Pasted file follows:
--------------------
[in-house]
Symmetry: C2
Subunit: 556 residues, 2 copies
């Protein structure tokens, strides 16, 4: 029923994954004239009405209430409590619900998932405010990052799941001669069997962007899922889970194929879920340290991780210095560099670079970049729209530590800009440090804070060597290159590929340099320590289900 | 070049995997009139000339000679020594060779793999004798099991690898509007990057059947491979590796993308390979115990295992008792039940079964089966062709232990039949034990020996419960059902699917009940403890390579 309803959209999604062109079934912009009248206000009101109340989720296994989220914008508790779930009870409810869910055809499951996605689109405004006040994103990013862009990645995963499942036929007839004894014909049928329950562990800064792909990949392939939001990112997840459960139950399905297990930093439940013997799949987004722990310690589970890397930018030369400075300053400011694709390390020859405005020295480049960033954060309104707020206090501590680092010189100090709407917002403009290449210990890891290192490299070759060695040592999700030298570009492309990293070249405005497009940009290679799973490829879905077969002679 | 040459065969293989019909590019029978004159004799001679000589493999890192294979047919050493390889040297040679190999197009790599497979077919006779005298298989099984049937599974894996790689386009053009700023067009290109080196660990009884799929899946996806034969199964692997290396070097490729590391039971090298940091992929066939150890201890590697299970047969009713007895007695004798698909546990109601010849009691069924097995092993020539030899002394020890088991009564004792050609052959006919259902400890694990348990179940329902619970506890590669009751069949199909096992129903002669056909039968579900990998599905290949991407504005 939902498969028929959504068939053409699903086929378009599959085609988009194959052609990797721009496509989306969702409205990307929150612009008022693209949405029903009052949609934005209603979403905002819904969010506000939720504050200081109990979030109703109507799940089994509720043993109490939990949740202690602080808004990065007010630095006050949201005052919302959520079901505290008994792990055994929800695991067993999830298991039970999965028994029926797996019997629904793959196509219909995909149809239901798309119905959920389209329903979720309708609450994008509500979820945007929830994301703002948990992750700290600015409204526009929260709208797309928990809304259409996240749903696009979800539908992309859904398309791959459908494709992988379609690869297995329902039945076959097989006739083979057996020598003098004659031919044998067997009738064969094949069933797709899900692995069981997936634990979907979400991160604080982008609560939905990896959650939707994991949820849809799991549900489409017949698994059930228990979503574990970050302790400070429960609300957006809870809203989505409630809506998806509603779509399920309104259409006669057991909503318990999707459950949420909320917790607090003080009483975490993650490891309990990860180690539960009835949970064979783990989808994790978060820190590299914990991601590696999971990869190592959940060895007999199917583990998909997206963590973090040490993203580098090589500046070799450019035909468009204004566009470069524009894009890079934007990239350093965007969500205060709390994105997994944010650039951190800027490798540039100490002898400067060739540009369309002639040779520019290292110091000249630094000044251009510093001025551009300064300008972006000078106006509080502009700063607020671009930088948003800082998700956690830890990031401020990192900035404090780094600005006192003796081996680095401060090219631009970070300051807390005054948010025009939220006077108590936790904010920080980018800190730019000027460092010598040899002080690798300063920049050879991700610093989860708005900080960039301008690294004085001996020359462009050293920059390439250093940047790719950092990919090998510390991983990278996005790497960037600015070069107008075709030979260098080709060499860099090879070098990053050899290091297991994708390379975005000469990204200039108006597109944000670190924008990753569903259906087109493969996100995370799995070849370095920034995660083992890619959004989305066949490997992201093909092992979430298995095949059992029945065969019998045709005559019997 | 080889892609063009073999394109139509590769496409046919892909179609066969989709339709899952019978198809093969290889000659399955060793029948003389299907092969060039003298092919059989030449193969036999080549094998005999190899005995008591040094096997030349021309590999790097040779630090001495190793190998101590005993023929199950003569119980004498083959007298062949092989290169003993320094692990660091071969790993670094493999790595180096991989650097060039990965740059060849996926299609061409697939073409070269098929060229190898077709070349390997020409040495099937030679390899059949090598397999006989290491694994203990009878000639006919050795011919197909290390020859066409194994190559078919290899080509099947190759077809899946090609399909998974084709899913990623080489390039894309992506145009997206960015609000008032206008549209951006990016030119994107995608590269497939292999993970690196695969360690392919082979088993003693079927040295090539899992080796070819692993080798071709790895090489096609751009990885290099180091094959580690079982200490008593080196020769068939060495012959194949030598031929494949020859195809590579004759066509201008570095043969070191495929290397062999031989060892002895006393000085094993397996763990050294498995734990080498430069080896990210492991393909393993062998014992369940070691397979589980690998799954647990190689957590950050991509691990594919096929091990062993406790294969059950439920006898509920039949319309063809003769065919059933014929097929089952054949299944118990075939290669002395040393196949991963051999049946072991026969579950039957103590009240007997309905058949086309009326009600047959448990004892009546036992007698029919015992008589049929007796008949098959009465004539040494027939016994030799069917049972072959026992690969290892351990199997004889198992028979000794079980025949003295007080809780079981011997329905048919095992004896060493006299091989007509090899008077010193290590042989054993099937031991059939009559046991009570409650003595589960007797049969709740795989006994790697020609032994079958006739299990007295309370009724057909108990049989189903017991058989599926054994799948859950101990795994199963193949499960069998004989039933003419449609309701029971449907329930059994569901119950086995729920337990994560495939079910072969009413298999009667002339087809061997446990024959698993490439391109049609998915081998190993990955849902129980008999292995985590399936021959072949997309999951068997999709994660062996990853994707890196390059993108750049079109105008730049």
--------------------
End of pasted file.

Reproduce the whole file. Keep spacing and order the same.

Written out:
[in-house]
Symmetry: C2
Subunit: 556 residues, 2 copies
């Protein structure tokens, strides 16, 4: 029923994954004239009405209430409590619900998932405010990052799941001669069997962007899922889970194929879920340290991780210095560099670079970049729209530590800009440090804070060597290159590929340099320590289900 | 070049995997009139000339000679020594060779793999004798099991690898509007990057059947491979590796993308390979115990295992008792039940079964089966062709232990039949034990020996419960059902699917009940403890390579 309803959209999604062109079934912009009248206000009101109340989720296994989220914008508790779930009870409810869910055809499951996605689109405004006040994103990013862009990645995963499942036929007839004894014909049928329950562990800064792909990949392939939001990112997840459960139950399905297990930093439940013997799949987004722990310690589970890397930018030369400075300053400011694709390390020859405005020295480049960033954060309104707020206090501590680092010189100090709407917002403009290449210990890891290192490299070759060695040592999700030298570009492309990293070249405005497009940009290679799973490829879905077969002679 | 040459065969293989019909590019029978004159004799001679000589493999890192294979047919050493390889040297040679190999197009790599497979077919006779005298298989099984049937599974894996790689386009053009700023067009290109080196660990009884799929899946996806034969199964692997290396070097490729590391039971090298940091992929066939150890201890590697299970047969009713007895007695004798698909546990109601010849009691069924097995092993020539030899002394020890088991009564004792050609052959006919259902400890694990348990179940329902619970506890590669009751069949199909096992129903002669056909039968579900990998599905290949991407504005 939902498969028929959504068939053409699903086929378009599959085609988009194959052609990797721009496509989306969702409205990307929150612009008022693209949405029903009052949609934005209603979403905002819904969010506000939720504050200081109990979030109703109507799940089994509720043993109490939990949740202690602080808004990065007010630095006050949201005052919302959520079901505290008994792990055994929800695991067993999830298991039970999965028994029926797996019997629904793959196509219909995909149809239901798309119905959920389209329903979720309708609450994008509500979820945007929830994301703002948990992750700290600015409204526009929260709208797309928990809304259409996240749903696009979800539908992309859904398309791959459908494709992988379609690869297995329902039945076959097989006739083979057996020598003098004659031919044998067997009738064969094949069933797709899900692995069981997936634990979907979400991160604080982008609560939905990896959650939707994991949820849809799991549900489409017949698994059930228990979503574990970050302790400070429960609300957006809870809203989505409630809506998806509603779509399920309104259409006669057991909503318990999707459950949420909320917790607090003080009483975490993650490891309990990860180690539960009835949970064979783990989808994790978060820190590299914990991601590696999971990869190592959940060895007999199917583990998909997206963590973090040490993203580098090589500046070799450019035909468009204004566009470069524009894009890079934007990239350093965007969500205060709390994105997994944010650039951190800027490798540039100490002898400067060739540009369309002639040779520019290292110091000249630094000044251009510093001025551009300064300008972006000078106006509080502009700063607020671009930088948003800082998700956690830890990031401020990192900035404090780094600005006192003796081996680095401060090219631009970070300051807390005054948010025009939220006077108590936790904010920080980018800190730019000027460092010598040899002080690798300063920049050879991700610093989860708005900080960039301008690294004085001996020359462009050293920059390439250093940047790719950092990919090998510390991983990278996005790497960037600015070069107008075709030979260098080709060499860099090879070098990053050899290091297991994708390379975005000469990204200039108006597109944000670190924008990753569903259906087109493969996100995370799995070849370095920034995660083992890619959004989305066949490997992201093909092992979430298995095949059992029945065969019998045709005559019997 | 080889892609063009073999394109139509590769496409046919892909179609066969989709339709899952019978198809093969290889000659399955060793029948003389299907092969060039003298092919059989030449193969036999080549094998005999190899005995008591040094096997030349021309590999790097040779630090001495190793190998101590005993023929199950003569119980004498083959007298062949092989290169003993320094692990660091071969790993670094493999790595180096991989650097060039990965740059060849996926299609061409697939073409070269098929060229190898077709070349390997020409040495099937030679390899059949090598397999006989290491694994203990009878000639006919050795011919197909290390020859066409194994190559078919290899080509099947190759077809899946090609399909998974084709899913990623080489390039894309992506145009997206960015609000008032206008549209951006990016030119994107995608590269497939292999993970690196695969360690392919082979088993003693079927040295090539899992080796070819692993080798071709790895090489096609751009990885290099180091094959580690079982200490008593080196020769068939060495012959194949030598031929494949020859195809590579004759066509201008570095043969070191495929290397062999031989060892002895006393000085094993397996763990050294498995734990080498430069080896990210492991393909393993062998014992369940070691397979589980690998799954647990190689957590950050991509691990594919096929091990062993406790294969059950439920006898509920039949319309063809003769065919059933014929097929089952054949299944118990075939290669002395040393196949991963051999049946072991026969579950039957103590009240007997309905058949086309009326009600047959448990004892009546036992007698029919015992008589049929007796008949098959009465004539040494027939016994030799069917049972072959026992690969290892351990199997004889198992028979000794079980025949003295007080809780079981011997329905048919095992004896060493006299091989007509090899008077010193290590042989054993099937031991059939009559046991009570409650003595589960007797049969709740795989006994790697020609032994079958006739299990007295309370009724057909108990049989189903017991058989599926054994799948859950101990795994199963193949499960069998004989039933003419449609309701029971449907329930059994569901119950086995729920337990994560495939079910072969009413298999009667002339087809061997446990024959698993490439391109049609998915081998190993990955849902129980008999292995985590399936021959072949997309999951068997999709994660062996990853994707890196390059993108750049079109105008730049």